|Work closely with the Loblaw Chair in Sustainable Food Production, Dr. Ralph Martin, at the University of Guelph to identify and develop knowledge about key issues/trends around food sustainability.||The Chair is focused on sustainable food production in Canada. Research areas include reducing food waste, energy use, and greenhouse gas emissions in agriculture.|
- Target Met
- On Track
- Target Not Met
|Reusable Plastic Containers||Corporate Stores||Distribution and Store Support Centres||Food Waste|
Loblaw has a history of committing to waste reduction initiatives as demonstrated by our charge-for-plastic shopping bag program. Since 2007, we have reduced the number of plastic shopping bags from our stores by more than five billion. Our focus on waste diversion has spawned a wide range of initiatives across our organization including, most recently, efforts to address the critical issue of food waste.
Reusable Plastic Containers
The amount of produce shipped in Reusable Plastic Containers (RPC) rose to 14.8 million cases in 2012 – up from 3.5 million in 2011. The increase was largely a result of our ongoing efforts with local growers to convert containers for high-volume products such as beans, corn, carrots, peaches, grapes and citrus fruits. To date, 283 products are being shipped in RPCs. We work closely with growers to address the operational implications associated with making the switch from waxed or regular corrugated cardboard, which has traditionally been used for shipping produce, to RPCs. Once they have converted to RPCs, many growers attest to benefits such as more efficient cooling and faster loading and unloading. The additional benefits of RPCs are superior product quality, reduced damage and lower materials, labour, shipping and waste management costs.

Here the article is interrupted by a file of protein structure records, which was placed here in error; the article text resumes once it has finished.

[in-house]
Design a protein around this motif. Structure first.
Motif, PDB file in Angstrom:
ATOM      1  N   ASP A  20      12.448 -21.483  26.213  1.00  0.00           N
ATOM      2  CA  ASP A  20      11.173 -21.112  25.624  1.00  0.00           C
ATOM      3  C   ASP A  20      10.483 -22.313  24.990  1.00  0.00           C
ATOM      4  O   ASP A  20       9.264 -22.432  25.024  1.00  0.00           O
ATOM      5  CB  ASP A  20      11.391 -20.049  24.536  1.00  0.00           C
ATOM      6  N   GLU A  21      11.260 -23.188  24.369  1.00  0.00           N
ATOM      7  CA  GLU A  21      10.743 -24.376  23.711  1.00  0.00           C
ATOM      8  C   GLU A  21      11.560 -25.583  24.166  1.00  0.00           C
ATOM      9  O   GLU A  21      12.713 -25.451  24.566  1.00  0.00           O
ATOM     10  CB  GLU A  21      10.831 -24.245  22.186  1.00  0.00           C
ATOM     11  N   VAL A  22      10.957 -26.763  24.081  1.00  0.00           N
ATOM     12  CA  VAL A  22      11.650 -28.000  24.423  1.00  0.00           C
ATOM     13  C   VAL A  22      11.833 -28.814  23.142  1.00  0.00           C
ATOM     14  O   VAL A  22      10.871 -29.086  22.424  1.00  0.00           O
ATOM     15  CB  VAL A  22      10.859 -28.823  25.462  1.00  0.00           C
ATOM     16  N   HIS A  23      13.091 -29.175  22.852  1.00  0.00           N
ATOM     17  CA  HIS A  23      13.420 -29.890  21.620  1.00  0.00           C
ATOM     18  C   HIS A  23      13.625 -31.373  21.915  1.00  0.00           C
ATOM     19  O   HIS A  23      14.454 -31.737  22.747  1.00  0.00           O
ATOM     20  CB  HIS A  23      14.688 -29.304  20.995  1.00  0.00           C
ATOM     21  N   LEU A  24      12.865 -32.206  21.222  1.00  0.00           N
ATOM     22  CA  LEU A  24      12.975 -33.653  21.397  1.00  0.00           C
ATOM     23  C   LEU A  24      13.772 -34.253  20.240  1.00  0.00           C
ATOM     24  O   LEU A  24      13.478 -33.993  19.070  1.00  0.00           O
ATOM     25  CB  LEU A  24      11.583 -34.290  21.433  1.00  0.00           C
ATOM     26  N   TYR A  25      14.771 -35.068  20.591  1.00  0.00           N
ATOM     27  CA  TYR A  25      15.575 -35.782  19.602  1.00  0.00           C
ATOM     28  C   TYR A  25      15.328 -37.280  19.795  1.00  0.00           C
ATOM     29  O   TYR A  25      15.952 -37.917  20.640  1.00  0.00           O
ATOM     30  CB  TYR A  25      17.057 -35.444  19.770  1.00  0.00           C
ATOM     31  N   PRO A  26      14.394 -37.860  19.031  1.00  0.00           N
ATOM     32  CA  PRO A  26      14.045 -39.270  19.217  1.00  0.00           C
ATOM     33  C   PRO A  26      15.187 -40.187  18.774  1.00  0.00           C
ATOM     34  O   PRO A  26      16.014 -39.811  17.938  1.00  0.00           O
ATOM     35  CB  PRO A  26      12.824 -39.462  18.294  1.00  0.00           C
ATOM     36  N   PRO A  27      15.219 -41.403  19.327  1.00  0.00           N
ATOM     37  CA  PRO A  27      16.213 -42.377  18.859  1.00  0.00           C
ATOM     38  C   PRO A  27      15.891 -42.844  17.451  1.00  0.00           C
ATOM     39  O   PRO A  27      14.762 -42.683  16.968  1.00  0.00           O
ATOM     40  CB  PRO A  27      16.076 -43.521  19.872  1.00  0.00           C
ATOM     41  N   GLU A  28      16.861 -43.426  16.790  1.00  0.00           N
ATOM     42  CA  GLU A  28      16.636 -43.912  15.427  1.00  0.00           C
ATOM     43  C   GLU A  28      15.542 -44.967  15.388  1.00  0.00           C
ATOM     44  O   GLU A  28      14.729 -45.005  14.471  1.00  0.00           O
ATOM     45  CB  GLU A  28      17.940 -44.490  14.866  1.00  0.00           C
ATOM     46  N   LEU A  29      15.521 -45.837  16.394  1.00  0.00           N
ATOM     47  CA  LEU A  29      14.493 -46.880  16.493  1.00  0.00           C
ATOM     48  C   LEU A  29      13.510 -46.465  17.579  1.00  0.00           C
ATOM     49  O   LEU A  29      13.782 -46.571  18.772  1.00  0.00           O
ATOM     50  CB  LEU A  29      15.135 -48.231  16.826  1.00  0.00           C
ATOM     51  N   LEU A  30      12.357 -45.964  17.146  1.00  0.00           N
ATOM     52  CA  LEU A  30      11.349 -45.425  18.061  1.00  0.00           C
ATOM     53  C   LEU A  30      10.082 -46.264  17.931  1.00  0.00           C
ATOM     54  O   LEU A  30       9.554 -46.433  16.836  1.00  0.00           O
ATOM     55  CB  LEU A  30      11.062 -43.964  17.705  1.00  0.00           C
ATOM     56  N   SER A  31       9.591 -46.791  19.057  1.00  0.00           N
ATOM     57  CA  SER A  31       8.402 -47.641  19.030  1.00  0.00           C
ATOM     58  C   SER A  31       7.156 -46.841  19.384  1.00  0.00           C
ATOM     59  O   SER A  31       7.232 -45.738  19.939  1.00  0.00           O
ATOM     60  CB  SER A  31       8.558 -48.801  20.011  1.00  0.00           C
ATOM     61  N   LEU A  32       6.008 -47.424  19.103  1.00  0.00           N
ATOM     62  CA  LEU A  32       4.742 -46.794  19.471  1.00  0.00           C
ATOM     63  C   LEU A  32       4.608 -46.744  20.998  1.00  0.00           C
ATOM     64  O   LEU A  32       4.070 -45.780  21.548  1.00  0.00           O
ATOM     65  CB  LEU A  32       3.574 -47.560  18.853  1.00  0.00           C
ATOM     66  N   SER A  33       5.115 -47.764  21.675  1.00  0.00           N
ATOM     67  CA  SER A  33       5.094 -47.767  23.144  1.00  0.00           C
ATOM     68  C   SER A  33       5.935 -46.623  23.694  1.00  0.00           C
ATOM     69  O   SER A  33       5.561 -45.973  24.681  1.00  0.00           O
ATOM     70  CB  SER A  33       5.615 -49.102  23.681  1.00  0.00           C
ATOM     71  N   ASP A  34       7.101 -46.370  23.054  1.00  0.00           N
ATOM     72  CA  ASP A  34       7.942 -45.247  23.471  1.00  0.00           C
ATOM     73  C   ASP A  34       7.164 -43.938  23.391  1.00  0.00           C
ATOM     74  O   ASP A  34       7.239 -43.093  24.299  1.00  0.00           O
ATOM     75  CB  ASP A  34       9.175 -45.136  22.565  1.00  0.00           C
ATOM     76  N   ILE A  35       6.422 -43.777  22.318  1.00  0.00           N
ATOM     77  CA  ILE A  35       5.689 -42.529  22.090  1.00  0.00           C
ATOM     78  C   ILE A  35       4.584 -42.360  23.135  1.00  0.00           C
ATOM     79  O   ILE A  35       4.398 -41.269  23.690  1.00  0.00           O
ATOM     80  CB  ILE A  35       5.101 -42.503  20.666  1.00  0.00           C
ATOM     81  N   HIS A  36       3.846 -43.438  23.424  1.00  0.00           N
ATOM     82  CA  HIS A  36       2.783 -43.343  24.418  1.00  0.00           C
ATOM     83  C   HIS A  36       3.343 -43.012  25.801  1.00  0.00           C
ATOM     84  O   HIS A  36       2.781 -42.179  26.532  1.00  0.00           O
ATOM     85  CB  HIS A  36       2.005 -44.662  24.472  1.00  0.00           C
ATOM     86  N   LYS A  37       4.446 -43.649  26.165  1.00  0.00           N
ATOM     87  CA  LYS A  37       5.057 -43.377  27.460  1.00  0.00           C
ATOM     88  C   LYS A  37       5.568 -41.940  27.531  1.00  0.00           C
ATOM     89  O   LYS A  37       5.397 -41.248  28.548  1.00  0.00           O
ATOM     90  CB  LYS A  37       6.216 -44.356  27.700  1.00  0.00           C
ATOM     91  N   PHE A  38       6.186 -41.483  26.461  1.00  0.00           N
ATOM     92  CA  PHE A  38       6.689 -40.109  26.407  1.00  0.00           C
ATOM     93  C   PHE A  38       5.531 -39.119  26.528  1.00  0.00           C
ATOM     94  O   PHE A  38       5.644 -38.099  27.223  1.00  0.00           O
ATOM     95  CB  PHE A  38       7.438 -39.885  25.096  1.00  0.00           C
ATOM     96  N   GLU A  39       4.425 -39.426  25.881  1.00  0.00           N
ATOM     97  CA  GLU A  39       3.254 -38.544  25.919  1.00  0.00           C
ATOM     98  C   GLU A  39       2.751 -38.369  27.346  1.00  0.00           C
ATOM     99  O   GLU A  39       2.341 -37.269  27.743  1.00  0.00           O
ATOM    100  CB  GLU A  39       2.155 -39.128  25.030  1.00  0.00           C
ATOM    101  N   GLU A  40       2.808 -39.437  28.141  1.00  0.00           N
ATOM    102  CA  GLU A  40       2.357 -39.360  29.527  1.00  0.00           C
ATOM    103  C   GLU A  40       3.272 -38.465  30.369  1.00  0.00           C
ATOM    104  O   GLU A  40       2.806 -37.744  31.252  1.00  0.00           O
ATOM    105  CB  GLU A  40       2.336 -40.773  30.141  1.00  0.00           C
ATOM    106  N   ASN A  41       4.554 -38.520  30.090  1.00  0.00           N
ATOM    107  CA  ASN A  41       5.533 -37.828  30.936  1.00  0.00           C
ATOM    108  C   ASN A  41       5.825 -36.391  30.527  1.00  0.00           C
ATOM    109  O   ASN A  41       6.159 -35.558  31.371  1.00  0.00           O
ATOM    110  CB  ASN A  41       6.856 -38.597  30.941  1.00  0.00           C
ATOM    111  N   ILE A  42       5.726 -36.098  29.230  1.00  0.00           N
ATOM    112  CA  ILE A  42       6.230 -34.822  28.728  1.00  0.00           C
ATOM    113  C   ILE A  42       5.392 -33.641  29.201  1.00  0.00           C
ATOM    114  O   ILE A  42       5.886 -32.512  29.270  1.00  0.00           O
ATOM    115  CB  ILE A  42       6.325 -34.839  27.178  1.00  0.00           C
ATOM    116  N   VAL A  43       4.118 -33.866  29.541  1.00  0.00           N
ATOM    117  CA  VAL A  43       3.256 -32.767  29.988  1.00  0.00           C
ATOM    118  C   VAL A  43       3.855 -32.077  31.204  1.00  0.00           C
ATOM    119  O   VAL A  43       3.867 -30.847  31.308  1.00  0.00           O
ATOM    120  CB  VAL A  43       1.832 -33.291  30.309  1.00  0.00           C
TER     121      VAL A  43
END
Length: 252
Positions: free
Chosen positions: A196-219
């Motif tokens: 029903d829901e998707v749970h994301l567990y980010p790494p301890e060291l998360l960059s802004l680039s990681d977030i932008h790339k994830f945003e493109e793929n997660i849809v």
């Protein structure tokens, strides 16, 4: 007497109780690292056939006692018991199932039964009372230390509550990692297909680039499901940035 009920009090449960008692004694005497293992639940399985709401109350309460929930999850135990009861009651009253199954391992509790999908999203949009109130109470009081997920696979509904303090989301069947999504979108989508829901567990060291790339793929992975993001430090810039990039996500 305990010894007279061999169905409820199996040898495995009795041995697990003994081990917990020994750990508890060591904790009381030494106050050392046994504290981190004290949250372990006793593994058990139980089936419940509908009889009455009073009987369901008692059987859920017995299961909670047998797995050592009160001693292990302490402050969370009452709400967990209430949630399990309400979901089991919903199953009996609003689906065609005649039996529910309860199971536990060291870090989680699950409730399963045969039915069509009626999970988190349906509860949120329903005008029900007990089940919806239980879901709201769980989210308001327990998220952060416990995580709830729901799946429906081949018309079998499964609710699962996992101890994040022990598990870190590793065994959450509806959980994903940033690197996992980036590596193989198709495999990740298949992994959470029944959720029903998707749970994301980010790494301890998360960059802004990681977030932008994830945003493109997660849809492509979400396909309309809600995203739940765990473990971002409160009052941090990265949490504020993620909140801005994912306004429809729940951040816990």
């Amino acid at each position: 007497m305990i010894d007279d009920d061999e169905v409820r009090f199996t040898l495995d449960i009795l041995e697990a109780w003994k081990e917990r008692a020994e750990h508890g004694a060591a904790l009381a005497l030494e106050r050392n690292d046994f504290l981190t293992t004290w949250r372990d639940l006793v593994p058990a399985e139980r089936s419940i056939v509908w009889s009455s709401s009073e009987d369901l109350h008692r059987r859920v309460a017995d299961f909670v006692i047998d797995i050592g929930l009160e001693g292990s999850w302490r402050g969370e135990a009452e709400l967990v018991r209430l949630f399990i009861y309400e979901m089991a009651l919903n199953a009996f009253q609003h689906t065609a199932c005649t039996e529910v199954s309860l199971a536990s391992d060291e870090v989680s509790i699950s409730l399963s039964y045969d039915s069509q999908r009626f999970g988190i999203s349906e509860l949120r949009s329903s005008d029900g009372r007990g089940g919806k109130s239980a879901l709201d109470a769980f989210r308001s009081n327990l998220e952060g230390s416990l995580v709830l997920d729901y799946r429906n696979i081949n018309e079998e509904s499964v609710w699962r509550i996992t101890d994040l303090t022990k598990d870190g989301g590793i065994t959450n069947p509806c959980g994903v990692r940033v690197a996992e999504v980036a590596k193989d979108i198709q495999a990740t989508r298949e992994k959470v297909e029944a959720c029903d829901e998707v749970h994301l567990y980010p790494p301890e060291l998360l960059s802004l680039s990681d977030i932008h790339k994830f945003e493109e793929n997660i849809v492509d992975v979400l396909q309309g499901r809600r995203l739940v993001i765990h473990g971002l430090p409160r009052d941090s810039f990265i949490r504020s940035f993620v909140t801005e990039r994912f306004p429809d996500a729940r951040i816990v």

Compared to waxed corrugated cardboard boxes, RPCs require less energy and produce less solid waste and greenhouse gas (GHG) emissions because they can be used many times over.
In each of our four regions, we set a target of improving waste diversion by 5% over 2011 levels.